The multimedia tour starts with an introduction about the Gouden Eeuw. It focuses on the flow of immigrants coming to Amsterdam during that age. The city is proclaimed to be a safe haven for refugees from all over Europe, while at the same time it experiences an economic, cultural and scientific growth. Changing projections are used to illustrate this story; optimally using the limited amount of space. On a table in the next room, various maps are projected. A group of narrators, that are supposed to represent different partakers in the design process, discuss the city planning that formed the foundation for the construction of Amsterdam’s canals. This makes it seem as if you are attending their deliberation. The technical aspect of the building process of the houses and canals themselves is explained by an employee of the museum, while visitors are standing in a scale model of the canal. I was given the impression that the audio guide was malfunctioning and therefore someone had to explain it. Later on, I learned that this was a conscious decision, to keep interaction with the visitors possible and give them the opportunity to ask questions.
Despite the attempt to creatively navigate the viewers’ attention through the exhibition, they partly fail in doing so. The narratives of the first three rooms are well explained. However, this diminishes in the last two. There is little coherence between the interactive presentation in the first rooms and that of the last two. These last rooms are supposed to extend the narrative to the present and show how the canals have evolved. On their website the museum claims that:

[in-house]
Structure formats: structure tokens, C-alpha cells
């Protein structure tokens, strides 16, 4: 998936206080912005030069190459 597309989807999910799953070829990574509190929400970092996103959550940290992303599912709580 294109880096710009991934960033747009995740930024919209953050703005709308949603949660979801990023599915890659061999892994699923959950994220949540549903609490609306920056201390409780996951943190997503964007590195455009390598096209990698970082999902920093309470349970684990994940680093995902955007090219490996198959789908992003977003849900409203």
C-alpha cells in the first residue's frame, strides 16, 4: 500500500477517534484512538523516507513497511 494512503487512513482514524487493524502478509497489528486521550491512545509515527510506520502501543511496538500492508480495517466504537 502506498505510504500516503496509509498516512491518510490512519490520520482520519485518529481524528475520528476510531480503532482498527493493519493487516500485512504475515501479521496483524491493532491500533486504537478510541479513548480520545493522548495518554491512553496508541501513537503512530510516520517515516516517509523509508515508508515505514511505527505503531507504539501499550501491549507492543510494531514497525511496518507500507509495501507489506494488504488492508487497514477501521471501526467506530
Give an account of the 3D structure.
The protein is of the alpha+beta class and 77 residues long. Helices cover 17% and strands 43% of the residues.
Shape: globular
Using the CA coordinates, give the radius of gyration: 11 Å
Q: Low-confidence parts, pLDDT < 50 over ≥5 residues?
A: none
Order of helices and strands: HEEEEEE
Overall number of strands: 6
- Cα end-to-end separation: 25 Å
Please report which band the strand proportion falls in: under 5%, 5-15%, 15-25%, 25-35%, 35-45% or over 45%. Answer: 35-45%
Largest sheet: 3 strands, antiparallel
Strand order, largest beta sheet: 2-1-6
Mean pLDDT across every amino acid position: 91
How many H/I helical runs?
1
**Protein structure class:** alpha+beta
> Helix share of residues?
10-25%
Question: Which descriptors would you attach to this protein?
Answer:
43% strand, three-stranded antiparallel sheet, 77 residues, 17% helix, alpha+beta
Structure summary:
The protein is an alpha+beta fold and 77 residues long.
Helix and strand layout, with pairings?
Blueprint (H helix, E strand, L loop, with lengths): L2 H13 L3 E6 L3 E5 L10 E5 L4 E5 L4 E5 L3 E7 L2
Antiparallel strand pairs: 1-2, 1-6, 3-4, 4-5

“We show you not only why the creation of the Amsterdam canals was so unusual, but also why they’re still special today.”
Unfortunately, this concept isn’t elaborated as much as could be. Before leaving the exhibitions, there is in the final room a big scale model of the canals as they are today. Behind it are four big screens, on which video fragments of the recent past of the canals appear. Shown are for instance, bikes and other waste that ends up in the canals. This is contrasted by joyful images of the Canal Parade, celebrating LGBTQ+ presence in the city, and the use of the canals as an ideal setting for movies and festivities. No background information is provided with these images, leaving these social issues unquestioned.
Overall the Amsterdam canals are perceived as a success story and a reason for pride. Het Grachtenhuis focuses on its wealthy residents, while neglecting the ordinary people who used to live here. Their stories are still left unspoken, only to be in some cases quickly passed without any context. The museum doesn’t completely turn a blind eye to these issues, but it does discredit them by not clarifying their context. The museum has a good opportunity to make the conclusion of their exhibition a moment of contemplation and discussion, but without a clear contextualisation of the images just shown, visitors exit the exhibition confused.
Museum het Grachtenhuis is foremost an experience for people who want to learn more about Dutch urban development in the 17th century. The splendour that the canals nowadays convey is celebrated, while important social issues are dismissed. This is unfortunate, but nevertheless one can say that by making use of digital means the museum offers you some great guidelines to go out and explore the canals yourself.
~ Yöran Krüse
- Arjan Bronkhorst, Vier eeuwen Amsterdamse grachtenhuizen en hun bewoners (Amsterdam 2013).
- Herman Kossmann et al., Narrative spaces. On the art of exhibiting (Rotterdam 2012).
- Herman Kossmann and Mark de Jong, Engaging spaces. Exhibition design explored (Amsterdam 2010).